How to have a happy Thanksgiving in your new apartment – some do’s and don’t's
Maybe you just moved across the country to take your dream job and you have zero vacation time. Maybe you’re not close to your family. Maybe you’re way too broke to buy a plane ticket. Whatever the reason, when the time for a Thanksgiving celebration rolls around, you’ll be on your own.
Don’t do what I did – pretend the holiday doesn’t exist. It doesn’t work and it’s depressing. Holidays exist for a reason: they mark seasonal changes, they provide handy memory milestones, they provide space for rituals, and they give people reason to get come together.
Do take a moment to think about Thanksgiving traditions. What did you do or not do while growing up? What did you like? What did you dislike? What does Thanksgiving mean to you? Forget the myths you choked down in elementary school and the advertising that starts two weeks before Halloween. Forget the word “Thanksgiving” if it’s too loaded for you. Instead, ask, “What am I thankful for?” If things aren’t going so well lately, the answer might be as simple as “Being alive.” That’s okay. Just think about it.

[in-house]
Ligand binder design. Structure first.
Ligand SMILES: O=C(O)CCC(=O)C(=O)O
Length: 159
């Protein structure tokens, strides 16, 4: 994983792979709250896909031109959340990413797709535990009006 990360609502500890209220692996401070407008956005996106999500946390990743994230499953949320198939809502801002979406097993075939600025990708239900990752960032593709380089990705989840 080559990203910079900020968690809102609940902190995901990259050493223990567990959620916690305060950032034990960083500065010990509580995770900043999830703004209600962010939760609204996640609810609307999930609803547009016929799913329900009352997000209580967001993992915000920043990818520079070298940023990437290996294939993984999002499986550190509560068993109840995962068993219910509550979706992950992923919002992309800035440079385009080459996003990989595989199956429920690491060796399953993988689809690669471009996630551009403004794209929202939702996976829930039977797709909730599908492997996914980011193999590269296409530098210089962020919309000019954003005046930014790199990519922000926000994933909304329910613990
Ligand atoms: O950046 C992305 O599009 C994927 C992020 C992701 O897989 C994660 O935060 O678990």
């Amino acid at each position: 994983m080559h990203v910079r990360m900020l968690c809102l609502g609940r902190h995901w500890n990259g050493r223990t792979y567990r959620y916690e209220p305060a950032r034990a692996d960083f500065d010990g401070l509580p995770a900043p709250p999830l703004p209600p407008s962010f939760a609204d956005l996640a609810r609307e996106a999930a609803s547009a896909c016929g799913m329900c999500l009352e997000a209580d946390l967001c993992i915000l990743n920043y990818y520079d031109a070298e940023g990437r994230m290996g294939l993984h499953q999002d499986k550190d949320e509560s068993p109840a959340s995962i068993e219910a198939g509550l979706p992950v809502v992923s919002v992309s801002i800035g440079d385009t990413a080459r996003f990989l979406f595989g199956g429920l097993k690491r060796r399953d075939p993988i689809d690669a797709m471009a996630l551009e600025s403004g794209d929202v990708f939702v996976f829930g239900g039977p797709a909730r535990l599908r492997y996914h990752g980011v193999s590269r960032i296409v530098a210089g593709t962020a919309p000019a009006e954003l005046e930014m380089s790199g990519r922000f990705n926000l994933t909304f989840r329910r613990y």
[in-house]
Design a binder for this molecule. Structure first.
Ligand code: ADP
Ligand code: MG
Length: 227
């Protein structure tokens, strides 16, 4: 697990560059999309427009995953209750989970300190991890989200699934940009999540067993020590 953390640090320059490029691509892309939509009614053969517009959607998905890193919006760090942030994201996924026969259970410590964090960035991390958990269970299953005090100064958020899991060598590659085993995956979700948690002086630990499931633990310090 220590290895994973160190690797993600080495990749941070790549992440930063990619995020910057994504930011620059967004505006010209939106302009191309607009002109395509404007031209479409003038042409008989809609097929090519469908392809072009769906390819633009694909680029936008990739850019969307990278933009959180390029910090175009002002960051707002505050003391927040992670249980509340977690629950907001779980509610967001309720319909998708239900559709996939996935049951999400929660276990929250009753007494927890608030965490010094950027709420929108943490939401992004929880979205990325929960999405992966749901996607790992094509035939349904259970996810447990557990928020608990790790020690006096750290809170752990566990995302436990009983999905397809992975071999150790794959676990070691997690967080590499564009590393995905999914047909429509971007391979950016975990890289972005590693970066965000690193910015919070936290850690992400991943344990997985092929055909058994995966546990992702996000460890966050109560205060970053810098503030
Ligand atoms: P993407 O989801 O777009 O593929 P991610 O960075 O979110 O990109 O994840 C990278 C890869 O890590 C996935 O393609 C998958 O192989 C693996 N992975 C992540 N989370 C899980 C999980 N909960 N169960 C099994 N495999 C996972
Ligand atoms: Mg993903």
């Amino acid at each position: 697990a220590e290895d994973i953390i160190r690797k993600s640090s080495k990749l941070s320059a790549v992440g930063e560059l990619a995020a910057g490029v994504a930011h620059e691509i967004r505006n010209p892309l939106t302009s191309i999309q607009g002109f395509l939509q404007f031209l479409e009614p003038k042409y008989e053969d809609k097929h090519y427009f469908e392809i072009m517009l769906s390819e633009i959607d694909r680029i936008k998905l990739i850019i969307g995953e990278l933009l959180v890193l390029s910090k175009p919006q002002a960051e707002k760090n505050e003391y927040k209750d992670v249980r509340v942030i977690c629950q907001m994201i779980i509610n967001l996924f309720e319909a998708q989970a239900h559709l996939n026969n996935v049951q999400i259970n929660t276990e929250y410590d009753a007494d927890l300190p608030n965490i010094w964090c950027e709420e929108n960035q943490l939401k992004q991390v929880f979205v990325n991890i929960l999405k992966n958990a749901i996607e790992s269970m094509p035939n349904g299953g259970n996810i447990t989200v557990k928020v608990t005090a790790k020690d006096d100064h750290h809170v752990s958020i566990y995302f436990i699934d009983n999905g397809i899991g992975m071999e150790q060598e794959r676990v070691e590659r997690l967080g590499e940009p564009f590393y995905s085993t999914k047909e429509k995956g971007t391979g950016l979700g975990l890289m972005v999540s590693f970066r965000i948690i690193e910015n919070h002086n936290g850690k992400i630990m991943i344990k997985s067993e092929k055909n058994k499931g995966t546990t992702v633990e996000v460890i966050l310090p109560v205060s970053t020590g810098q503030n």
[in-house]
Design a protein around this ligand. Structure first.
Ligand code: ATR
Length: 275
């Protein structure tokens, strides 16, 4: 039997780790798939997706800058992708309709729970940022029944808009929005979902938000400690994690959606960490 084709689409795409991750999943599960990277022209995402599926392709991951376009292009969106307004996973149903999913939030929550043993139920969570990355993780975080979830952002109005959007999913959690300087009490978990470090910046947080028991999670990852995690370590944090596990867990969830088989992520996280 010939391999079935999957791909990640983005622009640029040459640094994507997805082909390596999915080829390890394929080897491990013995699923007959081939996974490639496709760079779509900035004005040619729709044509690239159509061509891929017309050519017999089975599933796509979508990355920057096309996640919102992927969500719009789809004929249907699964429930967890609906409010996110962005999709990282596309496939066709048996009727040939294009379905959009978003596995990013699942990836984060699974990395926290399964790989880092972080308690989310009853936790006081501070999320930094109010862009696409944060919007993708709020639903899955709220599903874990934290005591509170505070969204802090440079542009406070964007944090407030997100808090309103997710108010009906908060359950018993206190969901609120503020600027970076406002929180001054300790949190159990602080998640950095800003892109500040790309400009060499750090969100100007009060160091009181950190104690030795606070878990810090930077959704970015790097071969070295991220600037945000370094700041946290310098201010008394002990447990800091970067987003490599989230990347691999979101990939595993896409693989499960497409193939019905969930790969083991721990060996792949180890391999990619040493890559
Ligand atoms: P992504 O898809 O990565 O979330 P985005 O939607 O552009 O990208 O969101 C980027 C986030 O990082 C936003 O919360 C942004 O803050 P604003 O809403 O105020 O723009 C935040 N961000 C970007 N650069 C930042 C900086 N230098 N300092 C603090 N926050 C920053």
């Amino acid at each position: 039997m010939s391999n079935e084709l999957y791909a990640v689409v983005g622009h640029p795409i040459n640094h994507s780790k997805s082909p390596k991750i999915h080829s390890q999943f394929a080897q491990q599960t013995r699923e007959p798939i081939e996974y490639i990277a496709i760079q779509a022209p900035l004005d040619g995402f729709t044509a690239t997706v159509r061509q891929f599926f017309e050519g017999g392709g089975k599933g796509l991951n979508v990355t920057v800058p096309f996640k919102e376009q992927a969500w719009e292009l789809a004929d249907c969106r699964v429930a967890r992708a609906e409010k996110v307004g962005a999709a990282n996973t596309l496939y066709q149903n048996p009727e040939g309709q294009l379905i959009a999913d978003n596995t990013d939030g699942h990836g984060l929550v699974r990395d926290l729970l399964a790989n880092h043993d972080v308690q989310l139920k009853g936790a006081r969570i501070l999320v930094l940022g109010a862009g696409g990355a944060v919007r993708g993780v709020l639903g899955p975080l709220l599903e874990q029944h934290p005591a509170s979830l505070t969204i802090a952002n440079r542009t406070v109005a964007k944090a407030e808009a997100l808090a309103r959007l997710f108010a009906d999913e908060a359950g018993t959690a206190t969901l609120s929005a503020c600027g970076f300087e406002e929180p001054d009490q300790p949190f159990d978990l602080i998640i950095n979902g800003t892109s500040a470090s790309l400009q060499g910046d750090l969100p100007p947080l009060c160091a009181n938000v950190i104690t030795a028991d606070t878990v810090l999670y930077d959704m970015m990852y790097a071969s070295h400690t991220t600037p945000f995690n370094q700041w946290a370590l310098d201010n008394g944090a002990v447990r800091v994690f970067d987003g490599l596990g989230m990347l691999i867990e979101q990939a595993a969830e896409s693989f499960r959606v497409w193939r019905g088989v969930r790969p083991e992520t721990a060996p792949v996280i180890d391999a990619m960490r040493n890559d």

Don’t go volunteer at the soup kitchen. You heard me: don’t go. Charities all over the country are swamped at Thanksgiving, Christmas, and Easter, but often go understaffed at other times of the year.
Do arrange to start volunteering after the holiday season.
Don’t sit at home by yourself eating takeout and watching The Simpsons and feeling sorry for yourself. That’s sad. That said, there’s nothing wrong with being by yourself on Thanksgiving if that’s what you choose. Make your favorite food, watch a favorite movie, read a favorite book.
Do read your old diaries to see how far you’ve come and remind yourself of the things you have to be thankful for.
Don’t be bitter. Not today. You’ve got indoor plumbing and on-demand potable water- you’re doing better than millions of people in the world in that regard.
Do write thank-you notes or letters to people who have touched your life in a positive way.
Don’t plan a big supper with people you only kind of like just because you don’t want to be alone.
Do go out. If you don’t have many friends in your new hometown (if your new apartment is in a new town), then check out a concert, play, or indie flick.